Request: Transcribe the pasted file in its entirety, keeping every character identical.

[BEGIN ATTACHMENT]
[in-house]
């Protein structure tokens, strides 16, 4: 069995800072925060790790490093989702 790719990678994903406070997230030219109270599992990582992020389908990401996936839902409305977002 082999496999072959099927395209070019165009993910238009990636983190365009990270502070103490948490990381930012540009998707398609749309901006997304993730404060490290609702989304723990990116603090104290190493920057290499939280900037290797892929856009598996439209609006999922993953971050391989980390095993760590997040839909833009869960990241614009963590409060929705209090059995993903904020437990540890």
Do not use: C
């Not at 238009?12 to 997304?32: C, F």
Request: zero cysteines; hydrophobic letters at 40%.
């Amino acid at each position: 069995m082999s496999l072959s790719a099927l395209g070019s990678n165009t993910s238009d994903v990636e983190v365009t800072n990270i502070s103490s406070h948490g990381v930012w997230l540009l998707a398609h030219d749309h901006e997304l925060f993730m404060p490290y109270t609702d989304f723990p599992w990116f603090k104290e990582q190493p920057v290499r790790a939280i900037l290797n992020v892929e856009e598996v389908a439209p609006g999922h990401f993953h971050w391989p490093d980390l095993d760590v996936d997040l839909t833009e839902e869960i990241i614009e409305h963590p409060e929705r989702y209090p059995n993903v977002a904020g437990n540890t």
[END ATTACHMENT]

[in-house]
């Protein structure tokens, strides 16, 4: 069995800072925060790790490093989702 790719990678994903406070997230030219109270599992990582992020389908990401996936839902409305977002 082999496999072959099927395209070019165009993910238009990636983190365009990270502070103490948490990381930012540009998707398609749309901006997304993730404060490290609702989304723990990116603090104290190493920057290499939280900037290797892929856009598996439209609006999922993953971050391989980390095993760590997040839909833009869960990241614009963590409060929705209090059995993903904020437990540890």
Do not use: C
């Not at 238009?12 to 997304?32: C, F």
Request: zero cysteines; hydrophobic letters at 40%.
């Amino acid at each position: 069995m082999s496999l072959s790719a099927l395209g070019s990678n165009t993910s238009d994903v990636e983190v365009t800072n990270i502070s103490s406070h948490g990381v930012w997230l540009l998707a398609h030219d749309h901006e997304l925060f993730m404060p490290y109270t609702d989304f723990p599992w990116f603090k104290e990582q190493p920057v290499r790790a939280i900037l290797n992020v892929e856009e598996v389908a439209p609006g999922h990401f993953h971050w391989p490093d980390l095993d760590v996936d997040l839909t833009e839902e869960i990241i614009e409305h963590p409060e929705r989702y209090p059995n993903v977002a904020g437990n540890t």